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Michigan one of four teams most likely to win national title if current analytic holds

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The Wolverines are in truly elite company heading into the stretch run of the season.

NCAA Basketball: Michigan at Ohio State Joseph Maiorana-USA TODAY Sports

Given the third-ranked status and elite play from the Michigan Wolverines men’s basketball program, it is easy to conclude that this is a national championship contender. The good news is that the eyeball test is backed up by a recent analytical trend that puts them in the running to win it all.

KenPom, which is one of the most popular analytics cited in college basketball coverage, measures teams based on efficiency to paint a picture of how a team compares to the rest of the nation. It can also help us tier out who the contenders and pretenders are.

As we discussed in our primer for the season, the trend over the last ten years of college basketball is that the team that wins it all generally has one of the ten most efficient offenses in America and is also in the top 15 defensively. The exception is a pair of UConn title teams in 2011 and 2014.

Let’s quickly redefine those terms and put them in context with where Michigan currently stands.

Adjusted offensive efficiency (AdjO): This is the number of points a team scores per 100 possessions, or trips down the floor with the basketball. Michigan ranks sixth in the country in AdjO by averaging 121 points per 100 possessions.

Adjusted defensive efficiency (AdjD): This is the amount of points a team allows per 100 possessions. Michigan ranks 11th in the country here, averaging 90.4 points given up per 100 possessions.

Below is the snapshot of how the last ten title teams finished:

2010 Duke: 1st in AdjO, 5th in Adj5

2011 Connecticut: 19th in AdjO, 15th in AdjD

2012 Kentucky: 2nd in AdjO, 7th in AdjD

2013 Louisville: 7th in AdjO, 1st in AdjD

2014 Connecticut: 39th in AdjO, 10th in AdjD

2015 Duke: 3rd in AdjO, 11th in AdjD

2016 Villanova: 3rd in AdjO, 5th in AdjD

2017 North Carolina: 9th in AdjO, 11th in AdjD

2018 Villanova: 1st in AdjO, 11th in AdjD

2019 Virginia: 2nd in AdjO, 5th in AdjD

2020: no champion, thanks COVID!

It is always possible that someone makes a UConn-type run through the tournament, especially in what projects to be an unusual March against the backdrop of the pandemic. However, the data paints a picture of what the most likely outcomes are.

Four teams, including Michigan, currently fit the above criteria.

Gonzaga (2nd AdjO, 7th AdjD) and Baylor (4th AdjO, 8th AdjD) have long been thought to be the two best teams in the country, so it is no surprise that they fit into the mix here. Michigan is right up there with them with the sixth-ranked offense and 11th-ranked defense in the country. The Wolverines slid a few spots due to the Ohio State game and have spent time in the top ten throughout the last several weeks. Illinois just barely slides in with the eighth-ranked offense and 15th-ranked defense.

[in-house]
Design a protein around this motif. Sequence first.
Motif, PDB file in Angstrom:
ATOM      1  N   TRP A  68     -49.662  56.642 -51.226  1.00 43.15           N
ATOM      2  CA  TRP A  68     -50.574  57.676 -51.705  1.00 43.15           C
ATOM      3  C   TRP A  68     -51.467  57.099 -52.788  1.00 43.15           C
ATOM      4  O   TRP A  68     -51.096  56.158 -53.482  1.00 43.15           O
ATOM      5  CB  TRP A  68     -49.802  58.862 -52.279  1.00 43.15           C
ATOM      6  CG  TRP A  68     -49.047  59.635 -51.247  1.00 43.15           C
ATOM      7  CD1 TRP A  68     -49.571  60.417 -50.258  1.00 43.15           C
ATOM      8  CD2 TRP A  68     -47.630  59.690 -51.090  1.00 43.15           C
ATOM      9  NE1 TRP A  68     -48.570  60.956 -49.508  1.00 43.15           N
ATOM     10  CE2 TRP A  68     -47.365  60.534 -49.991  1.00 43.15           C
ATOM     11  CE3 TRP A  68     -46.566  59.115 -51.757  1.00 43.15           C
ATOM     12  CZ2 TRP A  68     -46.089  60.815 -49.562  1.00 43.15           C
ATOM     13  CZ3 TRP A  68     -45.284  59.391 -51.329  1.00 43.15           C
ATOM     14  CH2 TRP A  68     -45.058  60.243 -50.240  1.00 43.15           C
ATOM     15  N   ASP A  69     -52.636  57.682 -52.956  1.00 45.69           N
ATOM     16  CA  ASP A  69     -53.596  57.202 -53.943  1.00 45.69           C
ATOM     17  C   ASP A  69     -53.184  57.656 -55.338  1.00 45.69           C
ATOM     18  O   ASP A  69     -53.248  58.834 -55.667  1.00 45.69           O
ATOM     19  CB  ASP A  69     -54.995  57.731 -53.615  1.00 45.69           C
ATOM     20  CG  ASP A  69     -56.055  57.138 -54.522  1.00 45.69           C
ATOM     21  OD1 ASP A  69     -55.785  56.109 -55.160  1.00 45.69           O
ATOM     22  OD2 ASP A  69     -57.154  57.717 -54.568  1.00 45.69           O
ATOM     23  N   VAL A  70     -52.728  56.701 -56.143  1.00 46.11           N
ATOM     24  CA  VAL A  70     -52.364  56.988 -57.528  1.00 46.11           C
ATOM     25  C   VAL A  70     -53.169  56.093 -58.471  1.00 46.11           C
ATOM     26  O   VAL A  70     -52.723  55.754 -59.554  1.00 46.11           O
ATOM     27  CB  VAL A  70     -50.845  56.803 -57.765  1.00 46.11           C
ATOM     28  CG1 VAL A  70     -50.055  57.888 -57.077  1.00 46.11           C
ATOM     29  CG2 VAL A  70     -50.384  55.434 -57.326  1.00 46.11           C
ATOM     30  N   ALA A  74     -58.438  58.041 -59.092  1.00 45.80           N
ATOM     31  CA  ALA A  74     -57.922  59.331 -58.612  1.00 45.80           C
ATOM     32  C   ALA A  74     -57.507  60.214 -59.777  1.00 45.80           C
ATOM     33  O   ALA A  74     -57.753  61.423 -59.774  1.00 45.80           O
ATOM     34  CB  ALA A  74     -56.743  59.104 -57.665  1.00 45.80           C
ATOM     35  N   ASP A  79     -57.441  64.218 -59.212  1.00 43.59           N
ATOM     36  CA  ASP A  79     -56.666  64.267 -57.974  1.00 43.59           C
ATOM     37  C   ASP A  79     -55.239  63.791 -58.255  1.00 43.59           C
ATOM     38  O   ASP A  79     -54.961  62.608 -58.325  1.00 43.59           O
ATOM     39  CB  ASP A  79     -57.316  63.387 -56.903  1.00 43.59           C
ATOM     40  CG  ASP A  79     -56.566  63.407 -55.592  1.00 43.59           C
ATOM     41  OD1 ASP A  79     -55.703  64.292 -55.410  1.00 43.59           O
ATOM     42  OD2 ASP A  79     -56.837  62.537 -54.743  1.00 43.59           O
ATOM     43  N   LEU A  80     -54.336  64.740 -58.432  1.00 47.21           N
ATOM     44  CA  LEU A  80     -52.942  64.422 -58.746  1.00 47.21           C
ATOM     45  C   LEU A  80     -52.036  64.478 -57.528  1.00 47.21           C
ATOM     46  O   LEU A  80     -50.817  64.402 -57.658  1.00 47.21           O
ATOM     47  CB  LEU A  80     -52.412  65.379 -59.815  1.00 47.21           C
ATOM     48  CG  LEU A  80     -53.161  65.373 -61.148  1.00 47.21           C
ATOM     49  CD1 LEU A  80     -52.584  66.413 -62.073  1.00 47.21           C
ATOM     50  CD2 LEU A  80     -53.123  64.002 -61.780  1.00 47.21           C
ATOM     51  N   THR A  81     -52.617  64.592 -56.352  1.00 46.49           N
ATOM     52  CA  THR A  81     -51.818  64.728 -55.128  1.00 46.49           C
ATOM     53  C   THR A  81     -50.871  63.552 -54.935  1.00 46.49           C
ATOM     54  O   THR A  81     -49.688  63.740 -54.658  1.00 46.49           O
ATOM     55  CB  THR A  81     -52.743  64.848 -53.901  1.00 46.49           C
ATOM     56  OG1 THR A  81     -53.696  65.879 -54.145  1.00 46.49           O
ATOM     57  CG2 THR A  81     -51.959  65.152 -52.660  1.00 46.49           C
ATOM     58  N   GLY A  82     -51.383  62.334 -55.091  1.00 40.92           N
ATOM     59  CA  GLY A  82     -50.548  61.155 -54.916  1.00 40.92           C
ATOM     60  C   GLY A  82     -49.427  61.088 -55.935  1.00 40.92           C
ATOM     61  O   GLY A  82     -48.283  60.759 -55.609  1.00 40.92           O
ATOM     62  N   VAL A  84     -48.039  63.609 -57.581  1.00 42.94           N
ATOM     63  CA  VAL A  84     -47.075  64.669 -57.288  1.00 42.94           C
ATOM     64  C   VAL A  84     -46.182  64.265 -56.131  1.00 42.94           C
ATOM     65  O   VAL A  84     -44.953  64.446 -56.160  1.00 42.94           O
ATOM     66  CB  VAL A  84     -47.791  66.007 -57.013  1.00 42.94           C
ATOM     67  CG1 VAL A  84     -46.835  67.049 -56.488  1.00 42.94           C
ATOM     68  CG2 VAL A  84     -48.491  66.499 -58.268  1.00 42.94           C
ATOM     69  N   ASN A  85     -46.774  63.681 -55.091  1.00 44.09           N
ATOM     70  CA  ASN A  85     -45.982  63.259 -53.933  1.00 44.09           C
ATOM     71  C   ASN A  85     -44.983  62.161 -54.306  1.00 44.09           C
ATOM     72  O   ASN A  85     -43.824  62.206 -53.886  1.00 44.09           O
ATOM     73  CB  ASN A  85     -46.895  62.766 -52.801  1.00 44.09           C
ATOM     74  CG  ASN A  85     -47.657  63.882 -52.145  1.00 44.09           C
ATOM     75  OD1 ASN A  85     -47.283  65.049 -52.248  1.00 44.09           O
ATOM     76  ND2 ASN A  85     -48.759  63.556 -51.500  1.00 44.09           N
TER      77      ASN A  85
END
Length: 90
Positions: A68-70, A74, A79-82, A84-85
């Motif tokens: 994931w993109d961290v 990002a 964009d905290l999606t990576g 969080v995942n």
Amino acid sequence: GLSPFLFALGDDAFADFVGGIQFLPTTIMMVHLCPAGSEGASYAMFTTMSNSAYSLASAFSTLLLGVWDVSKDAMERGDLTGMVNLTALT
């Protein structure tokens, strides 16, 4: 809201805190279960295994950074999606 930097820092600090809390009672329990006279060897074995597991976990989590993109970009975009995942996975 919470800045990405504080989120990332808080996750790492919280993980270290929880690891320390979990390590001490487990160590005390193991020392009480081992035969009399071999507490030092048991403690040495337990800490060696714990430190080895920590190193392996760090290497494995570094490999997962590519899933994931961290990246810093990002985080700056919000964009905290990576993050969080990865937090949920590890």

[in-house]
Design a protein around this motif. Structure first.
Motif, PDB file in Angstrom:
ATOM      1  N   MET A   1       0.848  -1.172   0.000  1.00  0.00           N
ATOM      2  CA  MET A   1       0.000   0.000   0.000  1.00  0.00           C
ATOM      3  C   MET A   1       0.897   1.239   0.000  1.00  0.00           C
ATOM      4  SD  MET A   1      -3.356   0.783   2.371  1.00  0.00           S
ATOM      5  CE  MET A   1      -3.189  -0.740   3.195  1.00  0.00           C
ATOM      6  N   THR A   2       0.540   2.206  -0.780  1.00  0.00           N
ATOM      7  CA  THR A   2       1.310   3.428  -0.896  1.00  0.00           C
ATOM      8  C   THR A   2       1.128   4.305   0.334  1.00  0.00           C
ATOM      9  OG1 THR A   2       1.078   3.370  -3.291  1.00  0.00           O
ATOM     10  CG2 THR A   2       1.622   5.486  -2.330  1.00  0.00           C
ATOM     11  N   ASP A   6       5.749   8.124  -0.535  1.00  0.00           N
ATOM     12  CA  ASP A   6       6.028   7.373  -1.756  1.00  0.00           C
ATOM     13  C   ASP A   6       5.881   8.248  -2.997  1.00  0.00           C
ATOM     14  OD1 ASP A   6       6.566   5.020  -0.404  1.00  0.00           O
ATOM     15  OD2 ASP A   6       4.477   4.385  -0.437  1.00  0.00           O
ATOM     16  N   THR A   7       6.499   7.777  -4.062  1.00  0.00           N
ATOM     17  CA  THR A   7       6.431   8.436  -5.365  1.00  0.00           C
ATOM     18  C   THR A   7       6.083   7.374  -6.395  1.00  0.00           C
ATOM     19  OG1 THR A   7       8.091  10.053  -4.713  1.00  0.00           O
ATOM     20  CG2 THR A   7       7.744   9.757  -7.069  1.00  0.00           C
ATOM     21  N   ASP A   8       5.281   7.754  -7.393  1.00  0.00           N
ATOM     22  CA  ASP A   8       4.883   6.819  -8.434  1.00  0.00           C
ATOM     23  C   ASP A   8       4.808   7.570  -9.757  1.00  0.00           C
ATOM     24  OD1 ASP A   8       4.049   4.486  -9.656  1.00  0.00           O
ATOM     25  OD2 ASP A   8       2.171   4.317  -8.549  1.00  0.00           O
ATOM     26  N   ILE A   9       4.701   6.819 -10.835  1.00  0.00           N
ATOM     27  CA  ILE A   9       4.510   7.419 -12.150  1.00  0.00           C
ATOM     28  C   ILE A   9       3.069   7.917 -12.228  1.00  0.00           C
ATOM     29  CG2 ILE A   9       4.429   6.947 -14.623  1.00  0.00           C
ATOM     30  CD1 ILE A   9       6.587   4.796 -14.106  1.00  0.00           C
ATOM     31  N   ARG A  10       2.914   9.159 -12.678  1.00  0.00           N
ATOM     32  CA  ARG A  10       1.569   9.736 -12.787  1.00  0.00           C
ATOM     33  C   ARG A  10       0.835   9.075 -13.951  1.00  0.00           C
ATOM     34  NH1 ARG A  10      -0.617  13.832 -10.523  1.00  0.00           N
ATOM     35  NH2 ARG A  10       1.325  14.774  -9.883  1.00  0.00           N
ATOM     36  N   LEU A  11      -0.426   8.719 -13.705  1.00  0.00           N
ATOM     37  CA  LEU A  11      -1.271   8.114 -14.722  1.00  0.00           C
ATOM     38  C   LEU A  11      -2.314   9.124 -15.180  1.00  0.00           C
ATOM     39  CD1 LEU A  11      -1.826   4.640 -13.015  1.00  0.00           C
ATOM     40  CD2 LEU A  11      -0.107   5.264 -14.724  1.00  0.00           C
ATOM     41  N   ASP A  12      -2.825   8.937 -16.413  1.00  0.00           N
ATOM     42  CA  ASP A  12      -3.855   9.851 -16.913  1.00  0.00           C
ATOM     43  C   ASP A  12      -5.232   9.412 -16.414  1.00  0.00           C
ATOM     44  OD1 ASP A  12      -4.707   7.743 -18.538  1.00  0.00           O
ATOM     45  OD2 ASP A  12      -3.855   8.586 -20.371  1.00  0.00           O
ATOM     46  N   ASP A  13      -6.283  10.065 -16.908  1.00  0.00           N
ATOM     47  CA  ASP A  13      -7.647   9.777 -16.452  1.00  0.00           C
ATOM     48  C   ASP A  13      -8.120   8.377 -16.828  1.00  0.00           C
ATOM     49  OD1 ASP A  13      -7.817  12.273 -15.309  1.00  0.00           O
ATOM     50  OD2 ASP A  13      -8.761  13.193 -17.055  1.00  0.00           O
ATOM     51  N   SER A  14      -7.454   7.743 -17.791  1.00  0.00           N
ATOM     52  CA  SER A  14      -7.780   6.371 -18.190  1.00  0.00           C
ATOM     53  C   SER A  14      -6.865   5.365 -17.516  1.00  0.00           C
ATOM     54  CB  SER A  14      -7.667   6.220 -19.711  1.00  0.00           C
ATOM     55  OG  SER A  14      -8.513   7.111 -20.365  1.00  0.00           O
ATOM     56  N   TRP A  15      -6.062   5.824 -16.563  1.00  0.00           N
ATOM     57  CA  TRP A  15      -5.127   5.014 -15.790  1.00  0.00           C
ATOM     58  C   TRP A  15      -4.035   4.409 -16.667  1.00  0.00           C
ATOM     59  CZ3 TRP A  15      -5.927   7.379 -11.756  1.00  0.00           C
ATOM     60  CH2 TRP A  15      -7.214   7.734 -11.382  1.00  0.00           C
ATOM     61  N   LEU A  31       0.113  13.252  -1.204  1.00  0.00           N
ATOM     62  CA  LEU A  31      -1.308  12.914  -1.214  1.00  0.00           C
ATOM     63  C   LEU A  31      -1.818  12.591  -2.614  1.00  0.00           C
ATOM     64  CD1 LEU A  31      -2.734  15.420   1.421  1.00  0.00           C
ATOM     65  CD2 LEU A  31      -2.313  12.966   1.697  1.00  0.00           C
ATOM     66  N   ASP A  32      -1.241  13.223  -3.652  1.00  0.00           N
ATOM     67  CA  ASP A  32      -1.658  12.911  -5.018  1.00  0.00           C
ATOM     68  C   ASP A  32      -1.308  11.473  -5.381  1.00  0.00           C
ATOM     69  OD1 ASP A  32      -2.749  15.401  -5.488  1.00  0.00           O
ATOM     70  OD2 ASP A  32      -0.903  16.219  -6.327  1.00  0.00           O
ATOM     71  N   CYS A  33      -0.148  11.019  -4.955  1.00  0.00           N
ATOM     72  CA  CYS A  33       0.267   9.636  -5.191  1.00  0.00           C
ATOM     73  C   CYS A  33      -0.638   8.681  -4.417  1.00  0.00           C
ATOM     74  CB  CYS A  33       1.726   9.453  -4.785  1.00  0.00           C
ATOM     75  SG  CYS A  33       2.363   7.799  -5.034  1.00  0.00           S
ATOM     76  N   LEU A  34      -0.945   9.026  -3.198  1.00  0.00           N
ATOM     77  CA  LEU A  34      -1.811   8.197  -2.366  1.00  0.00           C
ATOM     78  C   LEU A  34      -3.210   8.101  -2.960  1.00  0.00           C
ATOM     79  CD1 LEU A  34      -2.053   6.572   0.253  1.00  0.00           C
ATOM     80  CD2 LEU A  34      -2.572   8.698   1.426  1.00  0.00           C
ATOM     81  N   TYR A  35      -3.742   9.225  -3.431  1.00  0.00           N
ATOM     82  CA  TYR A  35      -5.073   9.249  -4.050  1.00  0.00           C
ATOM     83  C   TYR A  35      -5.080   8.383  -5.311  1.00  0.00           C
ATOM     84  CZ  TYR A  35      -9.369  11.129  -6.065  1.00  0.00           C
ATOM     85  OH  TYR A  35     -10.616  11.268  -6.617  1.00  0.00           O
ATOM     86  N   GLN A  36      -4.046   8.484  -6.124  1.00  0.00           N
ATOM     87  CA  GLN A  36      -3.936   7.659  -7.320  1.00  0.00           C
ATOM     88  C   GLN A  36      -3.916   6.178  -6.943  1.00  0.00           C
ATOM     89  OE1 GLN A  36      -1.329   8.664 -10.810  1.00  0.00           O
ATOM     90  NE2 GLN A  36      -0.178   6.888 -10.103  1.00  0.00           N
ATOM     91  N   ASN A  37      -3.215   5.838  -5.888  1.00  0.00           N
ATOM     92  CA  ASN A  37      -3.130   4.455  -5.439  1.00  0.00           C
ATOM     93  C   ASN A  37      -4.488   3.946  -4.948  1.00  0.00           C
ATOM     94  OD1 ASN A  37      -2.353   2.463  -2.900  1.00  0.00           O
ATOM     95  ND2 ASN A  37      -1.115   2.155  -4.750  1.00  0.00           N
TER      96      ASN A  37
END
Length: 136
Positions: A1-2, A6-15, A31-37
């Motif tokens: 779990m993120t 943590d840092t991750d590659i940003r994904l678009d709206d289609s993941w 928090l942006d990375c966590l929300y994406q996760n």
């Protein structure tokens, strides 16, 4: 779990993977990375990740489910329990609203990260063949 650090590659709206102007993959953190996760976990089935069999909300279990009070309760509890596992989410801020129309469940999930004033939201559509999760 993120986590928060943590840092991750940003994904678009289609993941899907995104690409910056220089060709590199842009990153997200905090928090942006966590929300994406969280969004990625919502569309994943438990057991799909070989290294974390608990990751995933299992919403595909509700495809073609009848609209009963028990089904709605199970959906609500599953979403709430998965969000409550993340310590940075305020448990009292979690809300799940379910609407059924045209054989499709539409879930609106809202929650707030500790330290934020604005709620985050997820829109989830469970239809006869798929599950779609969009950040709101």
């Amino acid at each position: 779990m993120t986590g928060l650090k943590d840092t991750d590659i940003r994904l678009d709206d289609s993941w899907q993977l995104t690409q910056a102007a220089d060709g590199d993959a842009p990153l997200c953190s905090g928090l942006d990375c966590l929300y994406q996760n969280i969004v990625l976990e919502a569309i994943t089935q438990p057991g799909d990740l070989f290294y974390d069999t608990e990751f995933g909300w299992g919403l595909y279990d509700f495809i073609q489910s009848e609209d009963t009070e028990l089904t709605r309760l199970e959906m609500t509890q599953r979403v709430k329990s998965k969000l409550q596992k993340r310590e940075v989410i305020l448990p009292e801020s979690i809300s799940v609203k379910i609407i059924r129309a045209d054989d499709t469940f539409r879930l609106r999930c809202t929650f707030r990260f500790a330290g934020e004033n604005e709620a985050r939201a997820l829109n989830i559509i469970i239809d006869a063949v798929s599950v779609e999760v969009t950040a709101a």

These are the four teams with the best shot to win it all if the trend continues. However, there are a few teams right on the edge that could put themselves into the conversation.

Houston has a chance to make a run thanks to its 14th-ranked offense and sixth-ranked defense and actually ranks higher than Illinois in total efficiency on KenPom. Reigning national champion Virginia (13th AdjO, 21st AdjD) could put itself in the contender group with a stretch of good games. USC (20th AdjO, 14th AdjD) is quietly having a very good season, but still has some work to do offensively.

UConn was able to buck this trend with star players like Kemba Walker and Shabazz Napier leading the charge. Iowa (1st AdjO, 75th AdjD) might be a candidate to bust through given Luka Garza and the team’s offensive output, but they do not even come close defensively to hitting the criteria. Ohio State (3rd AdjO, 86th AdjD) is similar from an offensive profile, but even less efficient than Iowa is defensively. These types of things matter. That is not to say they cannot make a deep run in the tournament, but it drastically affects their chances of winning it all.

Alabama (24th AdjO, 2nd AdjD) might have the best shot of the outlier teams to push for a title given a competent offense that plays fast and an elite defense.

These numbers will all adjust and change as more games are played and the data is collected. All bets are off as to what this tournament could look like and this is far from predicting the future. However, this might be helpful knowledge for the gamblers and those who participate in the office bracket pools.

And oh yeah, those of you wanting the peace of mind that Michigan is, in fact, elite and a threat to win it all.